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sv: winter studio

updated sat 27 nov 99


Alisa and Claus Clausen on fri 26 nov 99


Dear Christine,
I recently moved my wheel into a remade tool shed outside our house. My =
husband insulated the 2 otherwise plain wood walls with fiber and then put =
rock over that. The other two walls are brick and those we left as is for =
kiln corner. Space is tiny, and my clunker kiln takes up exactly one half =

An important part of the insulating was that he also insulated the door. =
that temperatures drop to freezing overnight, I can see that my clay is not
freezing. BUT, I usually take inside many kilos the night before I throw so
that I do not stand wedging up very cold clay. The studio gets quite cold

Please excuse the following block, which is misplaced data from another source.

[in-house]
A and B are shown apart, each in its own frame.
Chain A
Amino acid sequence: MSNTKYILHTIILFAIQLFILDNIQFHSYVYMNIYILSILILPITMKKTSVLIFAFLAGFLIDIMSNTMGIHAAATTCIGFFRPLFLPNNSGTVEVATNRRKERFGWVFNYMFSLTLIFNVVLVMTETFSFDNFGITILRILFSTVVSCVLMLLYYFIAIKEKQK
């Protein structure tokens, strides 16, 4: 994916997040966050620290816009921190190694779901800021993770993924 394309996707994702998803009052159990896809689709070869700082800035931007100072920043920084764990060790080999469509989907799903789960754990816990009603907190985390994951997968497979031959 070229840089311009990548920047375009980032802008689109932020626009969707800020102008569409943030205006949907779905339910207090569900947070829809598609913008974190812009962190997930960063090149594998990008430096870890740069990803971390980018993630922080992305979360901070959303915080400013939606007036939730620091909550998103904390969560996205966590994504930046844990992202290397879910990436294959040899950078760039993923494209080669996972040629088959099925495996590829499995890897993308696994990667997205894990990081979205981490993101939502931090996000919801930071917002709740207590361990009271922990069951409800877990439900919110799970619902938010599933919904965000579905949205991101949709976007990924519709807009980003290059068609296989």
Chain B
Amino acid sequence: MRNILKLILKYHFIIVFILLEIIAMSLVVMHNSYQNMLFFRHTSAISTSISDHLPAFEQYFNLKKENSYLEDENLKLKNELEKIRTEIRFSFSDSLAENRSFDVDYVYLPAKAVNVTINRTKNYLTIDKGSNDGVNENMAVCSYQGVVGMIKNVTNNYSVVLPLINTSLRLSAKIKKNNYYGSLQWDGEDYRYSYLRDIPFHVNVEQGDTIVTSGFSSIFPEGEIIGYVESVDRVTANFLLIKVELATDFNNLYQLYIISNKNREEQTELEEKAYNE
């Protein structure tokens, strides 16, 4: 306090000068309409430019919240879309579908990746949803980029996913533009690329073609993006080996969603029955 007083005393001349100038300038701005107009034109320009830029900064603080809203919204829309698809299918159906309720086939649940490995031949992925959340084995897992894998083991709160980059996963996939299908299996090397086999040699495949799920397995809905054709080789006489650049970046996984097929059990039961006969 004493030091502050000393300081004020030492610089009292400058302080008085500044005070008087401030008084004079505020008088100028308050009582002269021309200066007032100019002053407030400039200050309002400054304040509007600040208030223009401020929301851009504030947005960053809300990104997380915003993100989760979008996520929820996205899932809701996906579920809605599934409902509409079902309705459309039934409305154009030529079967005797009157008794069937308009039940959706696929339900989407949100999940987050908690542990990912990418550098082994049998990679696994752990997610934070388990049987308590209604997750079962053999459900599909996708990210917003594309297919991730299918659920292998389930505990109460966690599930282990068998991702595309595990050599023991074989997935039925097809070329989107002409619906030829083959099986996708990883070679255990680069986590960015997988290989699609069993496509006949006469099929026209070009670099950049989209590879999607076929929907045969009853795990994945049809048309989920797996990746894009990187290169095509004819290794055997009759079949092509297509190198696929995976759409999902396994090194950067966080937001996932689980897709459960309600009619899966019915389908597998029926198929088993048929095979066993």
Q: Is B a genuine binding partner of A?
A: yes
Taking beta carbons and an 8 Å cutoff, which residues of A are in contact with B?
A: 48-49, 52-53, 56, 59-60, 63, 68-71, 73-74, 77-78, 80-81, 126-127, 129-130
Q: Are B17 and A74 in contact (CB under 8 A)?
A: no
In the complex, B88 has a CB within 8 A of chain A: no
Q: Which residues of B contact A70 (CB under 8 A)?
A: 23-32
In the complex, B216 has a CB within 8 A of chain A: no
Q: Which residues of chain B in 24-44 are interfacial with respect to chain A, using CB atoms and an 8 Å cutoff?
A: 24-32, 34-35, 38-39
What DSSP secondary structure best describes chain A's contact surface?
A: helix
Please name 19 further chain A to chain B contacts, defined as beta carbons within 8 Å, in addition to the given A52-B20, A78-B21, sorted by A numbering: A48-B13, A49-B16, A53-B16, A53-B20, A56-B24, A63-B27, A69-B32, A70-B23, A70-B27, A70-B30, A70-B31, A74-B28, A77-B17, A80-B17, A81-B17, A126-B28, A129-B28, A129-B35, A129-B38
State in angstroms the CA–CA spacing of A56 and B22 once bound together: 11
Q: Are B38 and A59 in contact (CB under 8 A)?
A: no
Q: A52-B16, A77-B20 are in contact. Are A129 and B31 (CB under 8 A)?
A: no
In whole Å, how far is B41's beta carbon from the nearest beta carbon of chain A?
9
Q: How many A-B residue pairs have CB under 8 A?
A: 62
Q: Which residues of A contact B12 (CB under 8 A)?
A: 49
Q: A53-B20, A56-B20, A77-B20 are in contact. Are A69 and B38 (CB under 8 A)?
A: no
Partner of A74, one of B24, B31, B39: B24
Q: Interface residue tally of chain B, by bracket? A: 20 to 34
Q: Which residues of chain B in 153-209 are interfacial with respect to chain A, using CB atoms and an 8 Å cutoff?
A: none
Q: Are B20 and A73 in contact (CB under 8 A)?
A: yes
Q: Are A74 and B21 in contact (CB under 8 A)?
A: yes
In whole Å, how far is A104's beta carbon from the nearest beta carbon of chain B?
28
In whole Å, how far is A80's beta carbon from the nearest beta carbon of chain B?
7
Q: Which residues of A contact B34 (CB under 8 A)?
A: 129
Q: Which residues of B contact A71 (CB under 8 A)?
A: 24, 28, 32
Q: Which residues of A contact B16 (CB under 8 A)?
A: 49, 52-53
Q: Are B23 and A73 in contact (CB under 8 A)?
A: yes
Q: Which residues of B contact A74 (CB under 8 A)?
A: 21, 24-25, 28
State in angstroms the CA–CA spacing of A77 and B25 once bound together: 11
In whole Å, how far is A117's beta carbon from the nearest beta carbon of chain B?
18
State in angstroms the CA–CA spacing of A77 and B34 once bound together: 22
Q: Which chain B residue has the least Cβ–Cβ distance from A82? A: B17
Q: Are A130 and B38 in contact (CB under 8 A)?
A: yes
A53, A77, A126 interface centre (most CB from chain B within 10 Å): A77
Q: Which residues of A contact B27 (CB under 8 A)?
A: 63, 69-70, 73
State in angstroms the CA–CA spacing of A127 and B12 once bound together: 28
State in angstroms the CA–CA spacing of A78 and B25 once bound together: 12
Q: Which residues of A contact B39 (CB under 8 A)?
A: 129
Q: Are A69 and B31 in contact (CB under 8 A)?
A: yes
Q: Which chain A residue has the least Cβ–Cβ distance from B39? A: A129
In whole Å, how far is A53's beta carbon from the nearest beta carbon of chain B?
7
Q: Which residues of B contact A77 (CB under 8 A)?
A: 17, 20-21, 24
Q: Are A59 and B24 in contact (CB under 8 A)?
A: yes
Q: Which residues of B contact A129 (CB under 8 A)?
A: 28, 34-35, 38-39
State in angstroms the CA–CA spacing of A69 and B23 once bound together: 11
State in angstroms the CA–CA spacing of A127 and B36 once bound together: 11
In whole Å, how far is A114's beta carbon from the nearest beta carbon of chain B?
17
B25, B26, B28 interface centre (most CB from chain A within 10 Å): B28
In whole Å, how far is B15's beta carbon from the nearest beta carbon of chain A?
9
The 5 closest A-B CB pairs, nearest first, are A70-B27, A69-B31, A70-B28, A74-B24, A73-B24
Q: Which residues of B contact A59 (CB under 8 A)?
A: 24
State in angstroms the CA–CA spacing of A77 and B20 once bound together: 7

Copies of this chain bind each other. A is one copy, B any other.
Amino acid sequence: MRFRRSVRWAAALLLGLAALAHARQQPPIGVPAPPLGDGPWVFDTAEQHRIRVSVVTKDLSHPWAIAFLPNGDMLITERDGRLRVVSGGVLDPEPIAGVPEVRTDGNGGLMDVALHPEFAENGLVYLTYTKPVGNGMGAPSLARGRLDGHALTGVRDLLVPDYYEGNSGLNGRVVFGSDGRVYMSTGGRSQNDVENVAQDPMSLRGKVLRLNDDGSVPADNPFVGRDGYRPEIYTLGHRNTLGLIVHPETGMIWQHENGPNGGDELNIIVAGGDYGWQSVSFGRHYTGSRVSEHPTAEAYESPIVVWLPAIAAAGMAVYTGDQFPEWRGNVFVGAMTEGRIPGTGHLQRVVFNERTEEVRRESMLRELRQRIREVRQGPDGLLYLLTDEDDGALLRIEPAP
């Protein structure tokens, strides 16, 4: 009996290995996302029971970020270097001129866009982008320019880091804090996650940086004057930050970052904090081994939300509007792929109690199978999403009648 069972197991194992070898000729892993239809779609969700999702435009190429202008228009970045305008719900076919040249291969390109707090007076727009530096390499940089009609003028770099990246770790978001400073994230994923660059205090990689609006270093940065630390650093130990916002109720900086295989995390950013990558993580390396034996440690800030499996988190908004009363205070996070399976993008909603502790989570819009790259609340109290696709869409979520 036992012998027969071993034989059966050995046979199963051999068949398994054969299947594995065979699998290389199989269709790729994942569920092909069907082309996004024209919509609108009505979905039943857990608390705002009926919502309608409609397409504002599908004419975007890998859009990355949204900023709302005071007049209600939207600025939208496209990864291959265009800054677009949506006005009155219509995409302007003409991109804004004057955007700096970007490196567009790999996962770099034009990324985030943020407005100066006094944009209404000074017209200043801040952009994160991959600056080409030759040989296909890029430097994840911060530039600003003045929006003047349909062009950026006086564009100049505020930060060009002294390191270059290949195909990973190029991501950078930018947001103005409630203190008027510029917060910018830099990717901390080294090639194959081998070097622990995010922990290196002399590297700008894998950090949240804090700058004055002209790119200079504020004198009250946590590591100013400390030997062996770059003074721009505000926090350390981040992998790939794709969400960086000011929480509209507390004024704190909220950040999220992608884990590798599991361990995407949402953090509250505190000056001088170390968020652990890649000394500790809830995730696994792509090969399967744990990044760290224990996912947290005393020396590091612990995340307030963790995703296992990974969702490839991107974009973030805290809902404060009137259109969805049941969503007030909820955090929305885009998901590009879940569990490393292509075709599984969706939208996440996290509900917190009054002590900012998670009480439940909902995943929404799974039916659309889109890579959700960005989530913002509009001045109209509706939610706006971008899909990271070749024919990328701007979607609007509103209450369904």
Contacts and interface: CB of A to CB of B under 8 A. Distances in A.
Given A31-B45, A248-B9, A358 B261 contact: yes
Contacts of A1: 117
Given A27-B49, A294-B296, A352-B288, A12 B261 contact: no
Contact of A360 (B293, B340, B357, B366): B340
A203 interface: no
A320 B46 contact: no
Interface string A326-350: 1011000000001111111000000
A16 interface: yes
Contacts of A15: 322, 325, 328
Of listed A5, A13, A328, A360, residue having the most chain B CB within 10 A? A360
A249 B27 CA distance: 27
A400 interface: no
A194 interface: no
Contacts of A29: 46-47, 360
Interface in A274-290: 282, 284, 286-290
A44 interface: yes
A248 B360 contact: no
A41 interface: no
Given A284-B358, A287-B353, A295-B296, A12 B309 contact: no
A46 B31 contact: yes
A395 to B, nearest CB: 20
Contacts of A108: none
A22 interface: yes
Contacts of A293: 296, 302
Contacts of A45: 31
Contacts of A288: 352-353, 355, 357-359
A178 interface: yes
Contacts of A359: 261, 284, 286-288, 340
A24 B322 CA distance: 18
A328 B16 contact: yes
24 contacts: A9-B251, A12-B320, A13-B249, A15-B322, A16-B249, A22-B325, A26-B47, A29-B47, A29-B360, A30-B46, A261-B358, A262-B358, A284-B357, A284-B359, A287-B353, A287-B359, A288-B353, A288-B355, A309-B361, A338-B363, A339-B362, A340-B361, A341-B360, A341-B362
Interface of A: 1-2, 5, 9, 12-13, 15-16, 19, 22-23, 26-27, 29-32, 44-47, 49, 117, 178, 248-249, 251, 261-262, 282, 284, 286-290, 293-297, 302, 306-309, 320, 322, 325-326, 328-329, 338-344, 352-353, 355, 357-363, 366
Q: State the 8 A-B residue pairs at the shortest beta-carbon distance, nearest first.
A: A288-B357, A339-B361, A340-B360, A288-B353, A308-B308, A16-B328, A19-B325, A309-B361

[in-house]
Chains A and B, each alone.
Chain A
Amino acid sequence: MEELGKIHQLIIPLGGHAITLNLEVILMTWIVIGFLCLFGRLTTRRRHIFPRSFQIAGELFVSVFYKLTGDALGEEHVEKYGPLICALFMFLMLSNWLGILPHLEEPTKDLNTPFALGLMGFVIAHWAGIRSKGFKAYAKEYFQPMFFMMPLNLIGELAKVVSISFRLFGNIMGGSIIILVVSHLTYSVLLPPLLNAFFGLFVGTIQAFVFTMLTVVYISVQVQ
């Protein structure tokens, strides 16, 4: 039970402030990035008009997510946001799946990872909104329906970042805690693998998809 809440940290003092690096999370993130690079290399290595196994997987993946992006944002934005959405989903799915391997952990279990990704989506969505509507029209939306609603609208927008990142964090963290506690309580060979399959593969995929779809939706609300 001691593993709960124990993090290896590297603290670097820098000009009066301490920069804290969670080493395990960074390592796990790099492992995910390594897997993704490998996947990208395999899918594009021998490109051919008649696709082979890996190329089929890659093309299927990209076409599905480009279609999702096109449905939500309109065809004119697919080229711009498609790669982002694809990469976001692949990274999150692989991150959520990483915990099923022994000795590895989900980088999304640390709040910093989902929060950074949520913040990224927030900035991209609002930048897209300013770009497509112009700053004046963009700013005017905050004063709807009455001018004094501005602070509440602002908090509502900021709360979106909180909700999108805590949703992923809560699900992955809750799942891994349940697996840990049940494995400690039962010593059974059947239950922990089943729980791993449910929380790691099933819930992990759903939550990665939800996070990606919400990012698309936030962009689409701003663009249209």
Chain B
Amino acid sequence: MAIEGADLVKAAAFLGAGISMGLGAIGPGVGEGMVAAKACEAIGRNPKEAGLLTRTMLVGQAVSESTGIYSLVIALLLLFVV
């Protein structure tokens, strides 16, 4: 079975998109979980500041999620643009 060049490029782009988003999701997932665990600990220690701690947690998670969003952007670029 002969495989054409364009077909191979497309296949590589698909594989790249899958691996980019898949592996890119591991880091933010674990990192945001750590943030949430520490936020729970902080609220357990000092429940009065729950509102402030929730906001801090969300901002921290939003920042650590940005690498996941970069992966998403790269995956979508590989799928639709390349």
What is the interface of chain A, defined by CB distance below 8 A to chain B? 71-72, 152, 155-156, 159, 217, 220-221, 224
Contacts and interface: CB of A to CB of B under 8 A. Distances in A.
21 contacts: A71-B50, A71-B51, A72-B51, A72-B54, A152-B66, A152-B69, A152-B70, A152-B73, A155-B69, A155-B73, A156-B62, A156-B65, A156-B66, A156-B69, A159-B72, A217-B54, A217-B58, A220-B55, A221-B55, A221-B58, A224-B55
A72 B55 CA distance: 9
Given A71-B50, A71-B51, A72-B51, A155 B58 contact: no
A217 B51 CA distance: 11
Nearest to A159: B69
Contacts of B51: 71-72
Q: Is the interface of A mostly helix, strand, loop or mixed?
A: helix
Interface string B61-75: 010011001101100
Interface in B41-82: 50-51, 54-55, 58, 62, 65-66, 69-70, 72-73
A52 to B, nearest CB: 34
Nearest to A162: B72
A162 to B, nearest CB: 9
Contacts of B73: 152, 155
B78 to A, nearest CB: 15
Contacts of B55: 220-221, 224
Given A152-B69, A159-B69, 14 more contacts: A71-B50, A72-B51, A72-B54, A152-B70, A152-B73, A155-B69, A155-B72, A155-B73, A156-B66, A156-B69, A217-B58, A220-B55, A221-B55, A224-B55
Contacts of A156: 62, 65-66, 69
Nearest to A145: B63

overnight. If temps. stay freezing for a long period, I have a lamp over =
clay I will keep on over night. I have an ordinary electric wall heater =
where my wheel is which is satisfactory. I usually let it heat for one hour
before I begin work. When I need to go out of the studio, I go lightening =
through the door. The studio is so small, leaving the door open would loose =
of heat very fast.

I also wear insulated boots. As soon as my feet get cold, it is hopeless.
Sitting at the wheel or standing at the glaze table makes for quick cold =

Basically, insulation, an electric heater, a light bulb over my clay, warm =
and retaining the heat is how I work in my studio in the winter. It is not =
like inside but OK. Cold and clammy but the heater soaks up the moisture =
quickly. OK in exchange for my own space to make pots=21
(My kiln sits in the back of this space and once it works properly and gets
fired regularly, I am counting on that retained heat to help a lot. Right =
without any heater or lamp, the studio is a giant wet closet, taking over a =
for drying to leather hard.) I still have January and February as the real
tests. I hope Santa brings me a thermo insulated throwing seat and a =
supply of warm beverages=21

Alisa in Denmark